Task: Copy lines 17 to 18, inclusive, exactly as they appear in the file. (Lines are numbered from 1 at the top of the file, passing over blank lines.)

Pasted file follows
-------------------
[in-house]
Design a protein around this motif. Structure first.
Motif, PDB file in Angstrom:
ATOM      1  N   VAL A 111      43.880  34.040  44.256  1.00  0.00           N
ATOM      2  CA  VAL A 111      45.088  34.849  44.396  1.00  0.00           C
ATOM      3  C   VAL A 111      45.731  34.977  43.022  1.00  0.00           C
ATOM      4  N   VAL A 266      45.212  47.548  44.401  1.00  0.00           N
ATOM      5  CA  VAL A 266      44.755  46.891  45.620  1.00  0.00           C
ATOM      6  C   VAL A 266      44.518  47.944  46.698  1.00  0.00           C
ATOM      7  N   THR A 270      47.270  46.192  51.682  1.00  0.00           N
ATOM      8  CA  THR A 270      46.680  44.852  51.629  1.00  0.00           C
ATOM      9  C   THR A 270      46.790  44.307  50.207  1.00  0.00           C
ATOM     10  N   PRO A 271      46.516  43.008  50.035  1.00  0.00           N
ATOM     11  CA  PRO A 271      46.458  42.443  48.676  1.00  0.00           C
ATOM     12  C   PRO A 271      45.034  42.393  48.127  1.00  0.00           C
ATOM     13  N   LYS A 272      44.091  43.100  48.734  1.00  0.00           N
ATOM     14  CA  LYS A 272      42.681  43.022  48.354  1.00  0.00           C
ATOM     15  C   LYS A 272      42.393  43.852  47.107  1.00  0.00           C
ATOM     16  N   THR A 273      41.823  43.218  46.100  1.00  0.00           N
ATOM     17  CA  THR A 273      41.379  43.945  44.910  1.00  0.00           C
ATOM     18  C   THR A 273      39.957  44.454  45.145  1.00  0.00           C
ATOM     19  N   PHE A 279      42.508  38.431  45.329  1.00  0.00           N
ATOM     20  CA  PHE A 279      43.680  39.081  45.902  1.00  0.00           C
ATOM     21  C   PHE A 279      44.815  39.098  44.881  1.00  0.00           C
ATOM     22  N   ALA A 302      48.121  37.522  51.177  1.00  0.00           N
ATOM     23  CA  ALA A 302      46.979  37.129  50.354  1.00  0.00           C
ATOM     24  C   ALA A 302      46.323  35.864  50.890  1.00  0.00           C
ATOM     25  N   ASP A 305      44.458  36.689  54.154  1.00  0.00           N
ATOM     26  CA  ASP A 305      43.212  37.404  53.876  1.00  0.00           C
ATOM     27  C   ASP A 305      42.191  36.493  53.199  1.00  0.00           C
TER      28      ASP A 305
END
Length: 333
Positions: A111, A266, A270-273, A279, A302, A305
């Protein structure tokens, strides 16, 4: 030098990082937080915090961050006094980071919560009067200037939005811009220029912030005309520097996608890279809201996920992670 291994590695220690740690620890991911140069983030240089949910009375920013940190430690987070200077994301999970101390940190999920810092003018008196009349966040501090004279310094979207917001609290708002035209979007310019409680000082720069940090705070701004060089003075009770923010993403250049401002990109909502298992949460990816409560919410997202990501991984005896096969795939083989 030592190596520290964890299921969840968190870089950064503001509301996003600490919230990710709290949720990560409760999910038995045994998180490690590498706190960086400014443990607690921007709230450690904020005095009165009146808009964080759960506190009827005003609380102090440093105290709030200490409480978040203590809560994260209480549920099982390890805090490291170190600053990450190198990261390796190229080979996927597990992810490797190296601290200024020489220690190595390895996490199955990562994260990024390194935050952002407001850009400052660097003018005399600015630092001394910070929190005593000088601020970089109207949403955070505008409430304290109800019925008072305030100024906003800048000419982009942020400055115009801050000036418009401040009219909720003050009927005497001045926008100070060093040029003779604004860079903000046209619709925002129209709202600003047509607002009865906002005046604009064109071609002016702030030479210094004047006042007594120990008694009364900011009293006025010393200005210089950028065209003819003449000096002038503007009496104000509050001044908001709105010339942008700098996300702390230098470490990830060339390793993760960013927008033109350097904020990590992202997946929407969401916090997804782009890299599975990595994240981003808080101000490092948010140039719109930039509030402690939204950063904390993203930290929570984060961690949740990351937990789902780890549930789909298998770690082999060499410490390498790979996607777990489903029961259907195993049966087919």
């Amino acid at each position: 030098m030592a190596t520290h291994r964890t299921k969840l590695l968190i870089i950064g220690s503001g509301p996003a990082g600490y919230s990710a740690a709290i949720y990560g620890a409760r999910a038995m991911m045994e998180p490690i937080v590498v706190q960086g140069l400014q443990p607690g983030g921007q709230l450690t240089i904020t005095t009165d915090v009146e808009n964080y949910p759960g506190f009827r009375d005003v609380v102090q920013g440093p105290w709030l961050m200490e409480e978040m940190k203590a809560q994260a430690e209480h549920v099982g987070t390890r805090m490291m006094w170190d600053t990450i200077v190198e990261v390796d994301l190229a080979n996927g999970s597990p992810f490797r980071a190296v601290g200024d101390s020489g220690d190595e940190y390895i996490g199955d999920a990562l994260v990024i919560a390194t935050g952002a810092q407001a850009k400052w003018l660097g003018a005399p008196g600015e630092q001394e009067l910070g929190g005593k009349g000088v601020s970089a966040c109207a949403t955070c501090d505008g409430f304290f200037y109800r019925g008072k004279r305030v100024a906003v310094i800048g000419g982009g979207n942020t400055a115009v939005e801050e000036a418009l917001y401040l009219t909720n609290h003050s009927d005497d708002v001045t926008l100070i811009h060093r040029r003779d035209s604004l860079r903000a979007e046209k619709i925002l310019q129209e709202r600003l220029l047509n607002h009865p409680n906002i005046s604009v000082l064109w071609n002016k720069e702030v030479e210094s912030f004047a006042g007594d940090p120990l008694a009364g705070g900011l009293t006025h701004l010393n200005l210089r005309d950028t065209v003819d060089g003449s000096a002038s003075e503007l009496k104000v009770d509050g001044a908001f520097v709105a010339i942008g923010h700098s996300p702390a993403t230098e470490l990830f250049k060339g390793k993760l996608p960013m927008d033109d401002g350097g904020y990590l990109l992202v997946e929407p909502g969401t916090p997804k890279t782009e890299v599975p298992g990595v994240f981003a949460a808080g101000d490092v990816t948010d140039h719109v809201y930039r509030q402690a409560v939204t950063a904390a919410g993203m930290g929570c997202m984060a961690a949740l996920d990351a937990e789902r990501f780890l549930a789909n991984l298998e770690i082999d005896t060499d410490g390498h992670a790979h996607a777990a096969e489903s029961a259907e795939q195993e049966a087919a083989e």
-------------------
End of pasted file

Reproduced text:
ATOM     14  CA  LYS A 272      42.681  43.022  48.354  1.00  0.00           C
ATOM     15  C   LYS A 272      42.393  43.852  47.107  1.00  0.00           C